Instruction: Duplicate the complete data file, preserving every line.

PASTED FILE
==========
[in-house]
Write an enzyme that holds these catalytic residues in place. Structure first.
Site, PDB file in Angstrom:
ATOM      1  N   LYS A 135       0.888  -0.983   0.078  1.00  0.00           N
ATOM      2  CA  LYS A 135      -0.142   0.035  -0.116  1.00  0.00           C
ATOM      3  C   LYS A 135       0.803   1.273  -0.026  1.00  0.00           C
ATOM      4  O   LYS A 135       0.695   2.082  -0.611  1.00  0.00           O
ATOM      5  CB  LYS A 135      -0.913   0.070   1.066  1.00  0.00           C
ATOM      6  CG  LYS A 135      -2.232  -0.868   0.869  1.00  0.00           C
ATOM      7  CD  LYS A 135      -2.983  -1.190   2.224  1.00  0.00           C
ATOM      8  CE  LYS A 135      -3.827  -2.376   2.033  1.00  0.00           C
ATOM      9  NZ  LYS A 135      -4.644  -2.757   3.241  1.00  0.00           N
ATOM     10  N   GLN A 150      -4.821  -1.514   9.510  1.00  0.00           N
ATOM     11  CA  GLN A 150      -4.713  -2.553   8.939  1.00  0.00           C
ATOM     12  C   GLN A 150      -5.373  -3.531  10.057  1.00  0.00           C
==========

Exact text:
[in-house]
Write an enzyme that holds these catalytic residues in place. Structure first.
Site, PDB file in Angstrom:
ATOM      1  N   LYS A 135       0.888  -0.983   0.078  1.00  0.00           N
ATOM      2  CA  LYS A 135      -0.142   0.035  -0.116  1.00  0.00           C
ATOM      3  C   LYS A 135       0.803   1.273  -0.026  1.00  0.00           C
ATOM      4  O   LYS A 135       0.695   2.082  -0.611  1.00  0.00           O
ATOM      5  CB  LYS A 135      -0.913   0.070   1.066  1.00  0.00           C
ATOM      6  CG  LYS A 135      -2.232  -0.868   0.869  1.00  0.00           C
ATOM      7  CD  LYS A 135      -2.983  -1.190   2.224  1.00  0.00           C
ATOM      8  CE  LYS A 135      -3.827  -2.376   2.033  1.00  0.00           C
ATOM      9  NZ  LYS A 135      -4.644  -2.757   3.241  1.00  0.00           N
ATOM     10  N   GLN A 150      -4.821  -1.514   9.510  1.00  0.00           N
ATOM     11  CA  GLN A 150      -4.713  -2.553   8.939  1.00  0.00           C
ATOM     12  C   GLN A 150      -5.373  -3.531  10.057  1.00  0.00           C